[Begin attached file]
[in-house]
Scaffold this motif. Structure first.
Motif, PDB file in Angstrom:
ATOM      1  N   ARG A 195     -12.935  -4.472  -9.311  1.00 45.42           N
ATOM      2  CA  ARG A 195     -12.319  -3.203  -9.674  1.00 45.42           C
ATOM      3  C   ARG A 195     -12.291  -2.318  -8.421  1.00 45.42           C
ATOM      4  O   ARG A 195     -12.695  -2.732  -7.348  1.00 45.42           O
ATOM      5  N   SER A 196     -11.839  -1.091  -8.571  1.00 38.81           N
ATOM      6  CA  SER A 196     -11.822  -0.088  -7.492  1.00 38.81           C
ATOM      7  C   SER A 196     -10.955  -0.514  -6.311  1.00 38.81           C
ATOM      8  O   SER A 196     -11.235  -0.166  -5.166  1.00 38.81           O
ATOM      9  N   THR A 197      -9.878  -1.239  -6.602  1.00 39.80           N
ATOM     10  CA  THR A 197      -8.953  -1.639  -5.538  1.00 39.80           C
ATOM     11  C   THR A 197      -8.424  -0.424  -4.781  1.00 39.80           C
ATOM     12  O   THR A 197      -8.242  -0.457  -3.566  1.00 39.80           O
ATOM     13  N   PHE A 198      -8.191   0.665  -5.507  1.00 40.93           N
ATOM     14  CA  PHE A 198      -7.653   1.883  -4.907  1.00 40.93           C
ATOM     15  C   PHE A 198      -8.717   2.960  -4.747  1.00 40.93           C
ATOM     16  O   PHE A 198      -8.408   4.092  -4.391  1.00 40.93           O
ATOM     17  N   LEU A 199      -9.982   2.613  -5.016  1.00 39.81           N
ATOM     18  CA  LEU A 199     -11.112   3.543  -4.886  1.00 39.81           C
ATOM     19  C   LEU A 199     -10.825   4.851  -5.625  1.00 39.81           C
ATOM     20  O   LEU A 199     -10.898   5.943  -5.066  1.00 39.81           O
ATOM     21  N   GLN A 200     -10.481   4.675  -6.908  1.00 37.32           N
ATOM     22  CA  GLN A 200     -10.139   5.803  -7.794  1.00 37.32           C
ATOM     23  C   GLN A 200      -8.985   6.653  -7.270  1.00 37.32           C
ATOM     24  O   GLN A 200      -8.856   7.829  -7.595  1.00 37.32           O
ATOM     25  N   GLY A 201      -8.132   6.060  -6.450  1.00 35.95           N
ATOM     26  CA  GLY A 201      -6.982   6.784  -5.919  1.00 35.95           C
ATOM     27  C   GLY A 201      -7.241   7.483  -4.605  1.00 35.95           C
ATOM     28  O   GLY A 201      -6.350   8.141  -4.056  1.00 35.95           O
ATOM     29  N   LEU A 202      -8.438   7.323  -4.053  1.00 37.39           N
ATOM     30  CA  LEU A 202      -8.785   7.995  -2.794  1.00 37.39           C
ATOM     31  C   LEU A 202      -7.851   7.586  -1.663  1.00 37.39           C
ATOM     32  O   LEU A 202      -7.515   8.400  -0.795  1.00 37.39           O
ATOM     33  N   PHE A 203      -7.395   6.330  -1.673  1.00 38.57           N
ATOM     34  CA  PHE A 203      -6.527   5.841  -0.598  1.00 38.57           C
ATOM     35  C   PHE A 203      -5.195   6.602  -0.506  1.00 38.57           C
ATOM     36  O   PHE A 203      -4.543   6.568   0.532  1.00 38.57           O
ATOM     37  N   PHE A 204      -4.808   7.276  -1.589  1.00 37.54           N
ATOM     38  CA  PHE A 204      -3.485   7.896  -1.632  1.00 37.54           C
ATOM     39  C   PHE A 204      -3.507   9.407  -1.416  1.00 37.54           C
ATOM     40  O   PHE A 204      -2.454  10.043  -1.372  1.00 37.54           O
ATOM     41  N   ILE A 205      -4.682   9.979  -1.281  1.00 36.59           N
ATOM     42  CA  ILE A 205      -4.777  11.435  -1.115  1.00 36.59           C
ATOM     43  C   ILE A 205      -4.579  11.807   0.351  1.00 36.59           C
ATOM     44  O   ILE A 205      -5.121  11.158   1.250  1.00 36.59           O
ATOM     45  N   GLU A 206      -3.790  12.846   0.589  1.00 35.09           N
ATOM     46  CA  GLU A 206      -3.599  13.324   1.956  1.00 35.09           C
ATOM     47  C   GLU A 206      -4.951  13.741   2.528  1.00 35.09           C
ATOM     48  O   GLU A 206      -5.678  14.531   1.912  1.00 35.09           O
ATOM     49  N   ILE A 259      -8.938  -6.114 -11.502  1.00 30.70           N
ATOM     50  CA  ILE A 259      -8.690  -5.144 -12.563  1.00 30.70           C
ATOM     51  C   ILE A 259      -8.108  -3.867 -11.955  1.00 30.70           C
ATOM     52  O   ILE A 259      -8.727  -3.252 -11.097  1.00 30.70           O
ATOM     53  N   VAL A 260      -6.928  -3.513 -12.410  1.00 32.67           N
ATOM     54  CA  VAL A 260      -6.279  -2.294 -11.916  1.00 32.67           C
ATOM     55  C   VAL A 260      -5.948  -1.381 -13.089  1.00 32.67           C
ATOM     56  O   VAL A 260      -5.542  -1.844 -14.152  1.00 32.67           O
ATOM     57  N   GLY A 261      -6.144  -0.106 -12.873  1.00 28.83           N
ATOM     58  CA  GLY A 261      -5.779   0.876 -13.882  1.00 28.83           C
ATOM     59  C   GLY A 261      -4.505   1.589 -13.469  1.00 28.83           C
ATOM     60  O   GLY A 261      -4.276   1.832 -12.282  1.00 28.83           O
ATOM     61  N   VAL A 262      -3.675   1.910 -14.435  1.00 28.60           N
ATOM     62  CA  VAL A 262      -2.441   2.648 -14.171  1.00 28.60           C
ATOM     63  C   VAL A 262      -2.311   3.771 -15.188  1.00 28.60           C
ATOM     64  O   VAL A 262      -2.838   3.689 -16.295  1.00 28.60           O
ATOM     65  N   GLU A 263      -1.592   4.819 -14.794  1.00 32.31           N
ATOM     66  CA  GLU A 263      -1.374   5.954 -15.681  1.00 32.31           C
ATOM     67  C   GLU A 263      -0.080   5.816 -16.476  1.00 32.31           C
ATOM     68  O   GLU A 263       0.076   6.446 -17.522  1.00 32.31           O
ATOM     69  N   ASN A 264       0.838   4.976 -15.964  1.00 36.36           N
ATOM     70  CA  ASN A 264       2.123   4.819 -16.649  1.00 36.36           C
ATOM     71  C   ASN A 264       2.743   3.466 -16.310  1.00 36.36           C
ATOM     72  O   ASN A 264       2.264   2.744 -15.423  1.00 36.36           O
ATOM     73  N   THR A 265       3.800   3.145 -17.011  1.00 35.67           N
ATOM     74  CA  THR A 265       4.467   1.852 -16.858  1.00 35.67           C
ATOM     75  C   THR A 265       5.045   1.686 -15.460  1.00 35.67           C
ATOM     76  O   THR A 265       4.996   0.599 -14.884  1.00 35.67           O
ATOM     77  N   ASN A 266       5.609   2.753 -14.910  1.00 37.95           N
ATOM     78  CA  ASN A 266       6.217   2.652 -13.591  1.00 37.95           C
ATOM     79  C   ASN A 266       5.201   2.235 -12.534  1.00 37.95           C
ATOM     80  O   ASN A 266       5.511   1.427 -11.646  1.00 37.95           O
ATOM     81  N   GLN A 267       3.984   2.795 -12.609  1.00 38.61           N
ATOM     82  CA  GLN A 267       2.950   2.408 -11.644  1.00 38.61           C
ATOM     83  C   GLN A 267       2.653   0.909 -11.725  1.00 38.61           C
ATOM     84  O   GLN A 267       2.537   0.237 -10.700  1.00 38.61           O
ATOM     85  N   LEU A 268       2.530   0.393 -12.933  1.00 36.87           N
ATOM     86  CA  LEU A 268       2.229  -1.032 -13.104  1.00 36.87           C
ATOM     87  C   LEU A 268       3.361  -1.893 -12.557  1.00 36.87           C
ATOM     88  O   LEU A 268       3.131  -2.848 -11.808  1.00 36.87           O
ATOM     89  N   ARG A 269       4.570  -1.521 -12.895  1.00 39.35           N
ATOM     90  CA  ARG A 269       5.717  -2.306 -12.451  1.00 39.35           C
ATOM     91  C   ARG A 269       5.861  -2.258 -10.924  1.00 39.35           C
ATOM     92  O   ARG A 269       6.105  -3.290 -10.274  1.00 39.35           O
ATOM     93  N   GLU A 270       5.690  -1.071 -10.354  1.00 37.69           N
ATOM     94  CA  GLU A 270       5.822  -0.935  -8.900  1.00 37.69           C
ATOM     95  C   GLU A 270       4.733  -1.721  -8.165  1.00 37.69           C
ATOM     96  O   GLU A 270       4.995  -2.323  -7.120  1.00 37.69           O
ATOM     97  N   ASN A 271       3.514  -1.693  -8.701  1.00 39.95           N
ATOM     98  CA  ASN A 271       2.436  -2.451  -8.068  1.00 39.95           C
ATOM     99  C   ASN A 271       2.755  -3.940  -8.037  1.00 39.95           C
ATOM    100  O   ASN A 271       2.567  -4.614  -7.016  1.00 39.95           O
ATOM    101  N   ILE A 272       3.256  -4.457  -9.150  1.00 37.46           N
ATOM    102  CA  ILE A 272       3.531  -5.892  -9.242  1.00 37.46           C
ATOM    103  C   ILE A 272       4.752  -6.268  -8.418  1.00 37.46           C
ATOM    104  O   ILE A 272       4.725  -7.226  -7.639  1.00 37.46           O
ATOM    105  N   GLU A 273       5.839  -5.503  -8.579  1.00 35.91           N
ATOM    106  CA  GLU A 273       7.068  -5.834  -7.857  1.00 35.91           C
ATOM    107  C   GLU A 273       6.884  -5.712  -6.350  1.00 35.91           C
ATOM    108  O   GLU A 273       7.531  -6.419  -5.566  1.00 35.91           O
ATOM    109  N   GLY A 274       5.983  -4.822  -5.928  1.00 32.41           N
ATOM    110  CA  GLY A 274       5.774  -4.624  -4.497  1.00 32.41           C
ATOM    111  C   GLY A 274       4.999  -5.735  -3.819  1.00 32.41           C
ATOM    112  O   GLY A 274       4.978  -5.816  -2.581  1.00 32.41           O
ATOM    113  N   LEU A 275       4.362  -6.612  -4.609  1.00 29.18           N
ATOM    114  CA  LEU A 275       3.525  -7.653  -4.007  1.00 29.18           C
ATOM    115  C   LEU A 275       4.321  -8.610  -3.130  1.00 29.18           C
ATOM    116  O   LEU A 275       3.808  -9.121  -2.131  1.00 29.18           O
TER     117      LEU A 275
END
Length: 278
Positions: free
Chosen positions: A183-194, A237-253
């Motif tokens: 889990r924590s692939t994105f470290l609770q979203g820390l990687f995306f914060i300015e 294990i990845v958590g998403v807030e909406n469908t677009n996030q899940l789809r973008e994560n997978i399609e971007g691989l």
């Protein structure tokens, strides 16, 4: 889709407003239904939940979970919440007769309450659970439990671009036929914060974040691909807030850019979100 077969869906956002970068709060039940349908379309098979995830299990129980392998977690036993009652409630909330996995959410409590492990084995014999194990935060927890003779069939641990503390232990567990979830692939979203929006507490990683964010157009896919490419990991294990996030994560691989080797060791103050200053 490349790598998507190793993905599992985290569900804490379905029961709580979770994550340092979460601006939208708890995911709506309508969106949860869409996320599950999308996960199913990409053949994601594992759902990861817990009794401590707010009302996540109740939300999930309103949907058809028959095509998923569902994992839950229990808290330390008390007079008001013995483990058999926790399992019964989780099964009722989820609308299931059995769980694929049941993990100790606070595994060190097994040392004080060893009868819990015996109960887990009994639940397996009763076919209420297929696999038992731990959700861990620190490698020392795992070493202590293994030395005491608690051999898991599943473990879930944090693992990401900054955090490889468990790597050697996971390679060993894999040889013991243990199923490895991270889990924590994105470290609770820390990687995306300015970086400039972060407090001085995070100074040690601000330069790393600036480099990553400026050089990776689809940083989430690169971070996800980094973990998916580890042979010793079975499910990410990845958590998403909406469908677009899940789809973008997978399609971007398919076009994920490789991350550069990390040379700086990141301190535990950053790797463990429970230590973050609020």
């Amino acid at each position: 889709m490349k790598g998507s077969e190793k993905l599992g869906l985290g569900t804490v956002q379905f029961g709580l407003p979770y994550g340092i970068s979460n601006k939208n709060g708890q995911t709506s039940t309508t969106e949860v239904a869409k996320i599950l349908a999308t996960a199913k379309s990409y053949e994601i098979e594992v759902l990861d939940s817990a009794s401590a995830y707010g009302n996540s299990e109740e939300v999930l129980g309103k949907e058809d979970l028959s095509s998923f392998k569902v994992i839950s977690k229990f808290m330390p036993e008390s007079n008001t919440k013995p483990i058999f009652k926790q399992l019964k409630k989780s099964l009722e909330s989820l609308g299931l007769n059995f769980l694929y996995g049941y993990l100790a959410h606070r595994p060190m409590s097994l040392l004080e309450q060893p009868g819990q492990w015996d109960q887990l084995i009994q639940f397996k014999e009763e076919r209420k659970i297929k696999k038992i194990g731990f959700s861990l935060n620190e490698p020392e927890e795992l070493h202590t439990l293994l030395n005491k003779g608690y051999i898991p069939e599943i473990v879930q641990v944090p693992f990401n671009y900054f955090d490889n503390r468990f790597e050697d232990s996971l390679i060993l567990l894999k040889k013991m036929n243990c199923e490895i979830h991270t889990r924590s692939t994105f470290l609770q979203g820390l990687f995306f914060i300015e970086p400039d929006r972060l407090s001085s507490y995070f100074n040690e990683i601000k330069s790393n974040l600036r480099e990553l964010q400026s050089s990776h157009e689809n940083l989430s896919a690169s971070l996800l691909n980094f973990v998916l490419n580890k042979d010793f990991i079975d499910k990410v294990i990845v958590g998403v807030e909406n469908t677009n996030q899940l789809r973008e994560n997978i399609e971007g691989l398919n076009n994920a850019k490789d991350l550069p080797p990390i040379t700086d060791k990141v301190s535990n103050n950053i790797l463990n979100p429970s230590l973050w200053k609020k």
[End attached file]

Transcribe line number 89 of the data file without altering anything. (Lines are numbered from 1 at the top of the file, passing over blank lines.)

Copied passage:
ATOM     86  CA  LEU A 268       2.229  -1.032 -13.104  1.00 36.87           C